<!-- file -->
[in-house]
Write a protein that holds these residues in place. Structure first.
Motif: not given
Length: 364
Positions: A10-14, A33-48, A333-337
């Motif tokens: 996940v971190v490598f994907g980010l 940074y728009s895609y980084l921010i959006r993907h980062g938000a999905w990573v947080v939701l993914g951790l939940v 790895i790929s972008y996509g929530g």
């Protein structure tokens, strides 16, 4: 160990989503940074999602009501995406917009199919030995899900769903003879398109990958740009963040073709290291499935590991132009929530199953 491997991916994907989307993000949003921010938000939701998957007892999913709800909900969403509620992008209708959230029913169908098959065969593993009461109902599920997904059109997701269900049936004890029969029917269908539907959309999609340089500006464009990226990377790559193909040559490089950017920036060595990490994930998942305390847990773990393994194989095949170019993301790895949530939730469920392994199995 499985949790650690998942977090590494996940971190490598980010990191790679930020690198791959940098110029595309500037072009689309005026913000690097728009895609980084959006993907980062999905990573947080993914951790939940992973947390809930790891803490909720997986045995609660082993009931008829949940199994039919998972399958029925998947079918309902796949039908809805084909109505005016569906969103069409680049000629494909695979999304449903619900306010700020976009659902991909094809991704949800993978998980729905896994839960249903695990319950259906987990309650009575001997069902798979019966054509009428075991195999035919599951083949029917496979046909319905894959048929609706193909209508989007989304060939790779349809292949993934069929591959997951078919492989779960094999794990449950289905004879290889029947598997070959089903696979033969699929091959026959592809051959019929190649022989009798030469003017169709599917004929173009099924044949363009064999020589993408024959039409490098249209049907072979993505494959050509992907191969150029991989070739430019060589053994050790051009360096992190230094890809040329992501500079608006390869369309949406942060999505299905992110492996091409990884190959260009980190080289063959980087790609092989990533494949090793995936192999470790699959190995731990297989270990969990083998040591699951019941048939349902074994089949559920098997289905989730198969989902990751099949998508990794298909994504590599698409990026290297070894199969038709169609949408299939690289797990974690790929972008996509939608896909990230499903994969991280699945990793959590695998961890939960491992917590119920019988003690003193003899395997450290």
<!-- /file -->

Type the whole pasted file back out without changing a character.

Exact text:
[in-house]
Write a protein that holds these residues in place. Structure first.
Motif: not given
Length: 364
Positions: A10-14, A33-48, A333-337
């Motif tokens: 996940v971190v490598f994907g980010l 940074y728009s895609y980084l921010i959006r993907h980062g938000a999905w990573v947080v939701l993914g951790l939940v 790895i790929s972008y996509g929530g």
């Protein structure tokens, strides 16, 4: 160990989503940074999602009501995406917009199919030995899900769903003879398109990958740009963040073709290291499935590991132009929530199953 491997991916994907989307993000949003921010938000939701998957007892999913709800909900969403509620992008209708959230029913169908098959065969593993009461109902599920997904059109997701269900049936004890029969029917269908539907959309999609340089500006464009990226990377790559193909040559490089950017920036060595990490994930998942305390847990773990393994194989095949170019993301790895949530939730469920392994199995 499985949790650690998942977090590494996940971190490598980010990191790679930020690198791959940098110029595309500037072009689309005026913000690097728009895609980084959006993907980062999905990573947080993914951790939940992973947390809930790891803490909720997986045995609660082993009931008829949940199994039919998972399958029925998947079918309902796949039908809805084909109505005016569906969103069409680049000629494909695979999304449903619900306010700020976009659902991909094809991704949800993978998980729905896994839960249903695990319950259906987990309650009575001997069902798979019966054509009428075991195999035919599951083949029917496979046909319905894959048929609706193909209508989007989304060939790779349809292949993934069929591959997951078919492989779960094999794990449950289905004879290889029947598997070959089903696979033969699929091959026959592809051959019929190649022989009798030469003017169709599917004929173009099924044949363009064999020589993408024959039409490098249209049907072979993505494959050509992907191969150029991989070739430019060589053994050790051009360096992190230094890809040329992501500079608006390869369309949406942060999505299905992110492996091409990884190959260009980190080289063959980087790609092989990533494949090793995936192999470790699959190995731990297989270990969990083998040591699951019941048939349902074994089949559920098997289905989730198969989902990751099949998508990794298909994504590599698409990026290297070894199969038709169609949408299939690289797990974690790929972008996509939608896909990230499903994969991280699945990793959590695998961890939960491992917590119920019988003690003193003899395997450290």